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Human Nature

By Adele Marley | Posted

Renowned nature writer Lila Jute (Patricia Arquette) is a neurotic brimming with personal problems--her willingness to strip down at the drop of the hat (as long as she's outdoors, with strategically placed foliage surrounding her) being one of them. Aside from her exhibitionist tendencies, the issue most vexing to the nervous naturalist is the hormonal imbalance that's transformed her into some kind of giant, ambulatory hairball. The hirsute Jute is a freak who seethes with self-hatred; unfortunately, she's also the closest thing to a sympathetic character in Human Nature.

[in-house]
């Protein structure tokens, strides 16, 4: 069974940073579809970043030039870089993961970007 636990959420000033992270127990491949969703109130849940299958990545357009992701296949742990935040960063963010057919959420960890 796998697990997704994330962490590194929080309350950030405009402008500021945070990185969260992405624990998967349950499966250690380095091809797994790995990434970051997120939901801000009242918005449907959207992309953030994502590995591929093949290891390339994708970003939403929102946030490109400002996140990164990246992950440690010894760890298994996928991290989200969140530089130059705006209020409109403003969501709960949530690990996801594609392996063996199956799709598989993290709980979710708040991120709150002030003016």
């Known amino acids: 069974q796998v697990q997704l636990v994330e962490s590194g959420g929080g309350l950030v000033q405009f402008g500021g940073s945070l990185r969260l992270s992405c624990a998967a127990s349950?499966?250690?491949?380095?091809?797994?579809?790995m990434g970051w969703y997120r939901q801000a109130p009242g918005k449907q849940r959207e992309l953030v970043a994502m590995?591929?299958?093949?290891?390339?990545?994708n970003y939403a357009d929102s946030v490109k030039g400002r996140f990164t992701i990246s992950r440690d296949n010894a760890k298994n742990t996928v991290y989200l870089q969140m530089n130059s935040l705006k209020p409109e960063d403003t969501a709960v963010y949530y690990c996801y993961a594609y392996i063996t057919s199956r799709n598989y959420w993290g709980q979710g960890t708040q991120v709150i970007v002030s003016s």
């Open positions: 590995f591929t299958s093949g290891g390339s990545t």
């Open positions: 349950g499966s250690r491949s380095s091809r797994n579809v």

A satiric assault on the folly of civilized values, the film features a wealth of grotesques, all torn between primal urge and propriety. Behaviorist Nathan Bronfman (Tim Robbins) is such an insufferable tight-ass that his life's work consists of administering shock treatment to lab mice in order to teach them table manners. Lila's straight-shooting (read: insensitive) pal, electrologist Louise (Rosie Perez), introduces her to only the most pitiful of romantic prospects--meaning, of course, that she introduces Lila to Nathan. Feral guy and habitual public masturbator Puff (Notting Hill's Rhys Ifans), raised as an ape in the wilderness, is subject to inhumane conditioning after he's captured by Lila and Nathan and transported to the lab. And Nathan's assistant, horny gamine Gabrielle (Miranda Otto), fakes a French accent and hangs all over every man she meets.Aside from the principals' coupling and uncoupling, Human Nature doesn't have much of a story, although the characters who are comfortable with their instincts fare better than those who aren't. The film is noteworthy as screenwriter Charlie Kaufman's follow-up to the trippy Being John Malkovich (he and Malkovich director Spike Jonze are producers, with French video/commercial director Michel Gondry--the brain behind those nauseating Levi's singing-bellybutton ads--directing here) and, like its predecessor, Human Nature is tinged with misanthropy and has the makings of a sharp social satire: At one point, Nathan sums up civilization by explaining to Puff, "When in doubt, don't do what you really want to do." But Nature is offbeat to the point of being off-key (the goofy musical interlude where Lila croons about finding solace in the outdoors is particularly cringe-inducing), the laughs are nonexistent, and, short of repeatedly emphasizing and underlining its One Big Idea, it doesn't have much to say.

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